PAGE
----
China Power Investment Corporation [CPI], builder of the controversial Myitsone Dam in Myanmar’s Kachin State, has cut off food assistance to at least two families—among hundreds displaced by the project—after they backed protests against the dam.
The two families were from Aungmyinthar village, one of two villages residents were relocated to in 2010 and provided food aid in a bid to make way for the planned Myitsone Dam.
But CPI recently cut its supply of rice to the two families after they backed a protest march in March against any resumption of work on the dam, which had been shelved by President Thein Sein in 2011 following warnings that it was a threat to the environment.
Some 100 people had taken part in the 750-mile (1,200-kilometer) protest march from Yangon to the Myitsone Dam site in Kachin state.
“CPI suspended food aid to two families,” Layan, a resident of Aungmyinthar village, told RFA’s Myanmar Service.
“These two families welcomed and hosted protesters who marched from Yangon. It seems CPI doesn’t like their involvement with these people who are marching,” Layan said.
As part of the compensation, CPI provided about 60 condensed-milk-size cans of rice a month per relocated villager, which residents say are barely enough, sources said.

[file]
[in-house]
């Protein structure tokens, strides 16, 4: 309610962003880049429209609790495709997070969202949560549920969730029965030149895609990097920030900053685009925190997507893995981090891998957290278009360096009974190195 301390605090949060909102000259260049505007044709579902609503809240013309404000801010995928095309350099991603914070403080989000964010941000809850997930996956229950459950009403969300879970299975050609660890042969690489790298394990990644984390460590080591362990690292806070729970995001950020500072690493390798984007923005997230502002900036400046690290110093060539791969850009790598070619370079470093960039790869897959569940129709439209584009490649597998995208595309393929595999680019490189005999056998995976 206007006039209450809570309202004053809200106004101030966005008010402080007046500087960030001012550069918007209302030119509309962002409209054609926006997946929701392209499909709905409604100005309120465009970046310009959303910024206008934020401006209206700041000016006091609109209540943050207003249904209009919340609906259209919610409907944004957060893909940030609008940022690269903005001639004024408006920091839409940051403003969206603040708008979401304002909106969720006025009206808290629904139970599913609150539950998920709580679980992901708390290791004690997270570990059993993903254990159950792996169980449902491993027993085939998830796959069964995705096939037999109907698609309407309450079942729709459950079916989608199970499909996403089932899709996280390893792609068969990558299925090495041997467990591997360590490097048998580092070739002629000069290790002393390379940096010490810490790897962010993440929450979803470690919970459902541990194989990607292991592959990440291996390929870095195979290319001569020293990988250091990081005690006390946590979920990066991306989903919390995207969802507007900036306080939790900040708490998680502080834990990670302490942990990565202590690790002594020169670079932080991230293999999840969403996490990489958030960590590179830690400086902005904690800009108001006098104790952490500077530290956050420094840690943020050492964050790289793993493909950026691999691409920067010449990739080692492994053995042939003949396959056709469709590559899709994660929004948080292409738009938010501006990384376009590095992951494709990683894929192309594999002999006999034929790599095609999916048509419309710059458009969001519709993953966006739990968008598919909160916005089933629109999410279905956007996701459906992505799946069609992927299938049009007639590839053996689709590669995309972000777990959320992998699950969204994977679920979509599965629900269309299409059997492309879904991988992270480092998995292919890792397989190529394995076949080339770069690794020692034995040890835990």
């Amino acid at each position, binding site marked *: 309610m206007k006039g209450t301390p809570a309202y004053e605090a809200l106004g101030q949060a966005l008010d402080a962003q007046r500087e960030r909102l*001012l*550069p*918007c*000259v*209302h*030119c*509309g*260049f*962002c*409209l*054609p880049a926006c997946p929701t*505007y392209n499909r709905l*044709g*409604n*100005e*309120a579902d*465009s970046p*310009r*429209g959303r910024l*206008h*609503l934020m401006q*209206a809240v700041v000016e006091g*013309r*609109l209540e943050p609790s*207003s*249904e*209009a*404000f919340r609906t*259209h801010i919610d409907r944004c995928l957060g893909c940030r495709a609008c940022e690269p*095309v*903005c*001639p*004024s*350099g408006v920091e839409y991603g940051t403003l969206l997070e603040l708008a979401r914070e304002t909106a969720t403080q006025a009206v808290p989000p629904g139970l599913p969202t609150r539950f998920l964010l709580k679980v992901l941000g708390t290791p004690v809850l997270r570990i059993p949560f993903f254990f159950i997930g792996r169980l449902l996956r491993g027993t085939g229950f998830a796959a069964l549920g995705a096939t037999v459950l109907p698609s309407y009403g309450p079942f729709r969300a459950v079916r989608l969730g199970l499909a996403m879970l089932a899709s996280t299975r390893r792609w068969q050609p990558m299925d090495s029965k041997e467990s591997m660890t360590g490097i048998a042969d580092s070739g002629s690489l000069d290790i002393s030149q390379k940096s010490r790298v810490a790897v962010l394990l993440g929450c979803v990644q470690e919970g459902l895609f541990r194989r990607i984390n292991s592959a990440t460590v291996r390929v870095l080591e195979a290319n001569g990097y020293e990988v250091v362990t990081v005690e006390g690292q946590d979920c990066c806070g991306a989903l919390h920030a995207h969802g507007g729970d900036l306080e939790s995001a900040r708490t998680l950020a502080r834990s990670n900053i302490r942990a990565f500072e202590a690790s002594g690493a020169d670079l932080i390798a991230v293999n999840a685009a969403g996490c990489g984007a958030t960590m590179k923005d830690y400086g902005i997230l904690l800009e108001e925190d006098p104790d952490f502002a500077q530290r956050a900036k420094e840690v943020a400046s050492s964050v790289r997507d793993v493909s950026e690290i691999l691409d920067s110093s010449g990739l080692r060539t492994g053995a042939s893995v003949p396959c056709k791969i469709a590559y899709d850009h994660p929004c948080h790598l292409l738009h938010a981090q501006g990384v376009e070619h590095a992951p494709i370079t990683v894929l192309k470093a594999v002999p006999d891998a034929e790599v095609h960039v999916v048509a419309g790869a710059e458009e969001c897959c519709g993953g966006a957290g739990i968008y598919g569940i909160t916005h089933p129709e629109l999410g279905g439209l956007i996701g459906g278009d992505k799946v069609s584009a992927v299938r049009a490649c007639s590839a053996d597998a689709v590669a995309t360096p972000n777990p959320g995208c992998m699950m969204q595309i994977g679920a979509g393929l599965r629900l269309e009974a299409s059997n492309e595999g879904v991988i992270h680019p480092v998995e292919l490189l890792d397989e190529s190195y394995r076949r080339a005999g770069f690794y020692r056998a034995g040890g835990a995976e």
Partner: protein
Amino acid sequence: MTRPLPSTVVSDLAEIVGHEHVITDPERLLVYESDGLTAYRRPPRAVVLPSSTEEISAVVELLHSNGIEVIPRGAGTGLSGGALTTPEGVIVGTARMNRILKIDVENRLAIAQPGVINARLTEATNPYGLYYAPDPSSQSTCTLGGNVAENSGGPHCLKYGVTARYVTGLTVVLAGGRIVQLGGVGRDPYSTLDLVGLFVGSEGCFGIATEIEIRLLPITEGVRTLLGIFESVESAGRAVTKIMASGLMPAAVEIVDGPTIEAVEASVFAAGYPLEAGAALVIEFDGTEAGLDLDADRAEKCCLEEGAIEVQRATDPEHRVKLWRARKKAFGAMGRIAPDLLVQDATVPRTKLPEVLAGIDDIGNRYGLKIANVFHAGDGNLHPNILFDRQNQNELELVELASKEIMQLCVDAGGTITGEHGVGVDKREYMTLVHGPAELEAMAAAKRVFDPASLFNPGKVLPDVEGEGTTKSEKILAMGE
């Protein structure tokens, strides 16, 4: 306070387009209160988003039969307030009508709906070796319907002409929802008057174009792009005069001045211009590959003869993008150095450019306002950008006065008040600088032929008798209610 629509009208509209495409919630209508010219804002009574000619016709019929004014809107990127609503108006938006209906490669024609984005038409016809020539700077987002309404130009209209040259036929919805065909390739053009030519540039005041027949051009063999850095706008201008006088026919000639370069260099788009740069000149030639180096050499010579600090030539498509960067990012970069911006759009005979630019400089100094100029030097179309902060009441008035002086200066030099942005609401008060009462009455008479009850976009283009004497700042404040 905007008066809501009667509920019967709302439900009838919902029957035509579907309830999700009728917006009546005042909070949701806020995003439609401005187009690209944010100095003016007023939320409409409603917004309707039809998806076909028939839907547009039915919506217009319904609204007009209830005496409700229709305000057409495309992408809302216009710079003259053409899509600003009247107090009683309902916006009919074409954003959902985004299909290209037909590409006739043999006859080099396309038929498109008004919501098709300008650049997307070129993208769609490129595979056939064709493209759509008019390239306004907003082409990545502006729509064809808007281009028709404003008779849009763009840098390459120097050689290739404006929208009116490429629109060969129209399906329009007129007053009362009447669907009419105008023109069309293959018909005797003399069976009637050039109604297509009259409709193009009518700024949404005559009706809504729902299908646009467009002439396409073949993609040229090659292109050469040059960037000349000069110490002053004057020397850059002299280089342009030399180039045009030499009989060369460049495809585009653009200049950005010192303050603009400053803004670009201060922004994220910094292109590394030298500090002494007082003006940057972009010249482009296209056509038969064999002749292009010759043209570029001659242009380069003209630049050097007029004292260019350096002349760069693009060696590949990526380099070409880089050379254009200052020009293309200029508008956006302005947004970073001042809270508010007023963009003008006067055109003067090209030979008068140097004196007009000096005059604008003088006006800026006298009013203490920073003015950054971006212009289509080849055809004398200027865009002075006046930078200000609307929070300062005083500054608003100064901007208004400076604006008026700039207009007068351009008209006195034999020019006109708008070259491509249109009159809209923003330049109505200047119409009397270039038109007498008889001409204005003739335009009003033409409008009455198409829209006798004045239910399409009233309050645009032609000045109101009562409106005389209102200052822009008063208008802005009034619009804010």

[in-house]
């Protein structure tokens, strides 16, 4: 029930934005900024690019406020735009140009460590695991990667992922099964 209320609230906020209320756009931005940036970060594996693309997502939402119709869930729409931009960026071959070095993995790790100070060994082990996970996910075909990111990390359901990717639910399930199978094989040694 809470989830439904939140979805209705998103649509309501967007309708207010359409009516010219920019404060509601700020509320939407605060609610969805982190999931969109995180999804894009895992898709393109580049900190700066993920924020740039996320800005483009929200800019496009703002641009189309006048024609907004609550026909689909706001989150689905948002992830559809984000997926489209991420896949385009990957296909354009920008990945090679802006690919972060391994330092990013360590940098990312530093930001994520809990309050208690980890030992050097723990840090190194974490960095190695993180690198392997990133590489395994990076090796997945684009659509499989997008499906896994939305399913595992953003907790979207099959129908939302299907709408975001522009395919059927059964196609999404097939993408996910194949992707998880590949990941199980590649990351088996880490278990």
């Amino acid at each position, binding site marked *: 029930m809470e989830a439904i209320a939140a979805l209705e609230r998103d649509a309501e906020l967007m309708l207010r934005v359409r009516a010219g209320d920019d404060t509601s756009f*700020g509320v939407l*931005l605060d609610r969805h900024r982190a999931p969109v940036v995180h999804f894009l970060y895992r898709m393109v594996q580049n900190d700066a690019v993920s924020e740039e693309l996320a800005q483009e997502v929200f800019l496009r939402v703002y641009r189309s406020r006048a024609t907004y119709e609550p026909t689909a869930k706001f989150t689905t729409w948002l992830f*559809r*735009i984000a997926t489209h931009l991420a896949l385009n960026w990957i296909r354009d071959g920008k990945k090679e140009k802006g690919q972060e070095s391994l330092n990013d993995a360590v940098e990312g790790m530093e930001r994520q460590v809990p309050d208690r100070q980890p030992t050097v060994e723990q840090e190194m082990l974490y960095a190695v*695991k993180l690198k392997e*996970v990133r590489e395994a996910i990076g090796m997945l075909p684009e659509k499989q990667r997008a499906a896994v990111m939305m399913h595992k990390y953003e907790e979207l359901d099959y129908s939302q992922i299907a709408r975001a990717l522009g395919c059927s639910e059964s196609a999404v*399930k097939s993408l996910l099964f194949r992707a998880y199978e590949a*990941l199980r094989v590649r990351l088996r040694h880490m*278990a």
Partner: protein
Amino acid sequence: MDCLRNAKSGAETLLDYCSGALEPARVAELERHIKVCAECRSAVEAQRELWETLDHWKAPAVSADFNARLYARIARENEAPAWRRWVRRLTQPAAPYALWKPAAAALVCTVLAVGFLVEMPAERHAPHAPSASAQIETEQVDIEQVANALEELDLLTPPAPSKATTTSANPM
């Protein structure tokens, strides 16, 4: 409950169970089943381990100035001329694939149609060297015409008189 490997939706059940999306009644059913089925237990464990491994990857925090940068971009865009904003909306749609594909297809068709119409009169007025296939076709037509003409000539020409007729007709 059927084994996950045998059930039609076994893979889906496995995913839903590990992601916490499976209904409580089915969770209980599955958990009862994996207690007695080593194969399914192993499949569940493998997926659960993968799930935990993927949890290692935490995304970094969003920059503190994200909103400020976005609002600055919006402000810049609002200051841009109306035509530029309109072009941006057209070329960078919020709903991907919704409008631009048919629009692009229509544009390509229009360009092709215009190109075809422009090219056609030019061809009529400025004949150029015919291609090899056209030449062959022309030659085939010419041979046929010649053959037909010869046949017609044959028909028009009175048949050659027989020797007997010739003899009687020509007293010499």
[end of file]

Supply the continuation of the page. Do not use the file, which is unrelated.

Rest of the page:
In a secret referendum held in March, 1,086 of 1,160 villagers from Aungmyinthar said they were against the dam project, according to reports.
CPI has been lobbying the government for permission to restart the Myitsone dam project, which environmentalists say if implemented would submerge dozens of villages, displace more than 10,000 people, and destroy the area’s ecology.
Activists had launched the protest march to speak to the people about the impact of the project on the environment during stopovers in places such as Bagan, Mandalay, Magway, Shwebo, Moenyin, and Myitkyina, the riverside capital of Kachin state.
The trip concluded at the dam site in Tan Phae village—the confluence of the Maykha and Malikha rivers.
The dam project, which would provide most of its electricity to China, had before its suspension provoked massive public outcry over the widespread flooding and deforestation it would cause.
Relocated residents have complained that the compensation they’ve received is too low and the land they have been allocated is not suitable for planting crops and rearing livestock, hurting their livelihoods.
Reported by Kyaw Myo Min for RFA’s Myanmar Service. Translated by Khet Mar. Written in English by Di-Hoa Le.